The ambitious Trans-Pacific Partnership (TPP) trade talks, focused on the Asia-Pacific region, may soon become increasingly attractive for the U.S. dairy industry. Japanese Prime Minister Yoshihiko Noda announced late last week that Japan, a historically protectionist country, will engage in preliminary steps to join the TPP negotiations. Canada and Mexico quickly followed, announcing their interest in joining the agreement as well.
All three countries are top-five dairy export destinations for the United States. If accepted, they would join Vietnam, the seventh-largest dairy export market, along with Australia, Brunei Darussalam, Chile, Malaysia, New Zealand, Peru, Singapore and the United States as parties to the negotiations.
The TPP’s Asia-Pacific region constitutes the U.S. dairy industry's fastest growing export market, totaling over $1.2 billion in dairy exports during 2010. That's an increase of more than 100 percent from the previous year.
Japan and Canada have restrictive trade policies towards dairy products, so formal entry into the TPP could potentially open these narrow markets to U.S. dairy exports. It remains to be seen how willing these countries will be to open their agriculture sectors, however. Canada, in particular, likely would have to give up its controversial dairy supply-control system.
“IDFA welcomes the decisions of Japan and Canada to formally begin the process of joining this ambitious agreement,” said John Kelly, IDFA manager of international affairs. “However, it’s important that they demonstrate a strong commitment to reducing tariff and non-tariff barriers if the TPP is to remain an ambitious and high-standard agreement.”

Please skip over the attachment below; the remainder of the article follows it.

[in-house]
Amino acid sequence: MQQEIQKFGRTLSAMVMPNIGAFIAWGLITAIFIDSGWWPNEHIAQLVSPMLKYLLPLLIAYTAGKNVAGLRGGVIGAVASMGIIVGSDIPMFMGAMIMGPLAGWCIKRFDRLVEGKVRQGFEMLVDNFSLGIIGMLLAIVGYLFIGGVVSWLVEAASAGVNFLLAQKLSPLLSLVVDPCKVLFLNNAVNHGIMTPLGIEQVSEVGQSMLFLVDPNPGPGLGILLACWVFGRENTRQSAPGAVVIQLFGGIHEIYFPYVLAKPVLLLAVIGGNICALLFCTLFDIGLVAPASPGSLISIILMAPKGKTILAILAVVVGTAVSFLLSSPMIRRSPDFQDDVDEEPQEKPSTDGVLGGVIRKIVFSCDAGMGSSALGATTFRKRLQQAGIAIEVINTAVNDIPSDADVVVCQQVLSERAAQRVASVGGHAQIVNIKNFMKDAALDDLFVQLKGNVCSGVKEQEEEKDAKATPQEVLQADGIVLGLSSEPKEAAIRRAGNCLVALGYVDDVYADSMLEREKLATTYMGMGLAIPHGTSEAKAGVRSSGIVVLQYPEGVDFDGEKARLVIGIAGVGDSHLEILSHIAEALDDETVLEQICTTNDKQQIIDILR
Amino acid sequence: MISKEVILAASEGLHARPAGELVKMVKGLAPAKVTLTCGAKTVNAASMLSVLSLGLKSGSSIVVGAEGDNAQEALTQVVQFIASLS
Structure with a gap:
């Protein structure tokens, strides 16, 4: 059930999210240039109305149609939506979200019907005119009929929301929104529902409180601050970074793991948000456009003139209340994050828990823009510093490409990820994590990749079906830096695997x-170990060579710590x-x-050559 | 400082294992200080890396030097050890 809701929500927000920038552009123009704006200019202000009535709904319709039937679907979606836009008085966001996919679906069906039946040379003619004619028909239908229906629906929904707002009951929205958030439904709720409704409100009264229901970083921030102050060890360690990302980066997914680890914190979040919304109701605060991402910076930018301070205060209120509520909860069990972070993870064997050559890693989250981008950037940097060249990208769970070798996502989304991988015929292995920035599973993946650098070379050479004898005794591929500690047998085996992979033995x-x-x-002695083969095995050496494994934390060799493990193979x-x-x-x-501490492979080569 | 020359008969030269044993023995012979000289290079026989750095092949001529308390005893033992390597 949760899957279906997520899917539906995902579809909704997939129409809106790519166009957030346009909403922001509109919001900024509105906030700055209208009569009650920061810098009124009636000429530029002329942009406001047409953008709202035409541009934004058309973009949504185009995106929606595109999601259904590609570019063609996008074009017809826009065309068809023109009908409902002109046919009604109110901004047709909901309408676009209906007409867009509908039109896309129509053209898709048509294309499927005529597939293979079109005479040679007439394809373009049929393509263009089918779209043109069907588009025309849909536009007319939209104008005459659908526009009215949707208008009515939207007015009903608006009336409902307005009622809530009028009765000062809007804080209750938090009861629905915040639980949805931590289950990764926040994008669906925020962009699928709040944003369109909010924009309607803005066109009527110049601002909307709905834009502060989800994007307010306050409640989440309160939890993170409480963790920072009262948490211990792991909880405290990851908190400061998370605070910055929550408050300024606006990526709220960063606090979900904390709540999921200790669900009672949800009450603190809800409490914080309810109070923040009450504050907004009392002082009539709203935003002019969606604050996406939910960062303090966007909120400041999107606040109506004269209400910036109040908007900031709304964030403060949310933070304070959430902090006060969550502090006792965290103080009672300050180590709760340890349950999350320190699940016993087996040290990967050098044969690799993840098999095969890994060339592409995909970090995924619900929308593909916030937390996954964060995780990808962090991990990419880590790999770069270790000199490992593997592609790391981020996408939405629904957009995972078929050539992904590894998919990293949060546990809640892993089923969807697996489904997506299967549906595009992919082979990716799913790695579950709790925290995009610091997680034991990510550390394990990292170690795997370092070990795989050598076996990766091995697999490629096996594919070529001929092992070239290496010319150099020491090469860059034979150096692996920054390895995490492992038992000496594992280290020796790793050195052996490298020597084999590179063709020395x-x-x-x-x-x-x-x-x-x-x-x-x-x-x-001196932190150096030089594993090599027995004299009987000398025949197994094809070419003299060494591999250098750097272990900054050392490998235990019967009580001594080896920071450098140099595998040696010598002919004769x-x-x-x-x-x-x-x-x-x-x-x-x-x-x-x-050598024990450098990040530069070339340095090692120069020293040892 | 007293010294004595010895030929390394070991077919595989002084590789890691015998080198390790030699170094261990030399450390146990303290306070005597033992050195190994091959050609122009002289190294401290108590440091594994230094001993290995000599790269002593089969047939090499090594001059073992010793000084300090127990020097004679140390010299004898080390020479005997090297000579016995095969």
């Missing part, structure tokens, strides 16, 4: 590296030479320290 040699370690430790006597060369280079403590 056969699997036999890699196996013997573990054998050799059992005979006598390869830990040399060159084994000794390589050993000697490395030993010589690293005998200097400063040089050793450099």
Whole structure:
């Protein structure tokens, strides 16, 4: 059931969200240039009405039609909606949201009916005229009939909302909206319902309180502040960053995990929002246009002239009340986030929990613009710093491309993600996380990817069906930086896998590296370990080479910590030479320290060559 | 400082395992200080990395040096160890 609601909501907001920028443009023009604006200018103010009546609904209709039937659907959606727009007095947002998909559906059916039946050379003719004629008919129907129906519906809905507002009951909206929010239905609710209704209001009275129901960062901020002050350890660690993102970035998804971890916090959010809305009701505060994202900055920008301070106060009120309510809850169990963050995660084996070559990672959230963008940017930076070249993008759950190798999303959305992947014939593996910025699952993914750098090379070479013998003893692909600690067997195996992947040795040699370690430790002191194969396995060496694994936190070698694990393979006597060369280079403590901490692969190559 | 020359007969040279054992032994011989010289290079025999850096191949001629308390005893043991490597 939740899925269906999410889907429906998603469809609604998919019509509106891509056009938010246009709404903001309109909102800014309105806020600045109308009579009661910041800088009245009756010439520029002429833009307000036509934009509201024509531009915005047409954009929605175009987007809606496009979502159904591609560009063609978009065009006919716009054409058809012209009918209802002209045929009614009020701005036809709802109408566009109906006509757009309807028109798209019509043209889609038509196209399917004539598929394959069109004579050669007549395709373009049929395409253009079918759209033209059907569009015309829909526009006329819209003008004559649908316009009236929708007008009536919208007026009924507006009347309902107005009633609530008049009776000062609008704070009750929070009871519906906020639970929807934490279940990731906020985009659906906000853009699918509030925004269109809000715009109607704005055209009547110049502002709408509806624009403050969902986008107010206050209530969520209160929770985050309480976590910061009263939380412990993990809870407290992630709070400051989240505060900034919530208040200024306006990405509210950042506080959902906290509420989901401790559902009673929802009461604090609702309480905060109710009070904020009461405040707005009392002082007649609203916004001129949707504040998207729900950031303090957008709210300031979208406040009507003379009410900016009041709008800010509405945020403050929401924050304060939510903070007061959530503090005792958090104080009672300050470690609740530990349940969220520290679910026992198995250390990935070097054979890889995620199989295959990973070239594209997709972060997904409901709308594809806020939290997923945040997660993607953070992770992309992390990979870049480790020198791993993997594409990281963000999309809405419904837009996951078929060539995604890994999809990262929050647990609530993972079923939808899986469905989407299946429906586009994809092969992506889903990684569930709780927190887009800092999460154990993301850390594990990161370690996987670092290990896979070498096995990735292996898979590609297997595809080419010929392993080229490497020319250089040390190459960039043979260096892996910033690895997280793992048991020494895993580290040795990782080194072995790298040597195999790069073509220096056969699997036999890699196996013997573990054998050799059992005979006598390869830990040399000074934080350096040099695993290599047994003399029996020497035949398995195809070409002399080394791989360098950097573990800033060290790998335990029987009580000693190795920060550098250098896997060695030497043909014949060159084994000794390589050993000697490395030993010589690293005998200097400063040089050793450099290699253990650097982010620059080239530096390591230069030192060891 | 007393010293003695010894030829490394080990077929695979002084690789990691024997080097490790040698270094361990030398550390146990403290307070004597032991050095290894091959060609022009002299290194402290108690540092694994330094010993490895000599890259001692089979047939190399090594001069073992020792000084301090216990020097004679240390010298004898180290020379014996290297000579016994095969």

The TPP is a comprehensive regional agreement that aims to liberalize trade and investment and address 21st century challenges. The agreement's Asia-Pacific orientation and potential for expansion to other important dairy markets, such as Japan and possibly China, make it an important vehicle for opening markets and establishing a fair and efficient system of international trade for dairy products.
U.S. dairy exports to Canada in 2010 were $385.5 million, while exports to Japan reached $203.7 million last year. Mexico, which allows full market access under the North American Free Trade Agreement, last year imported over $837 million of U.S. dairy products.
For more information, contact Kelly at email@example.com.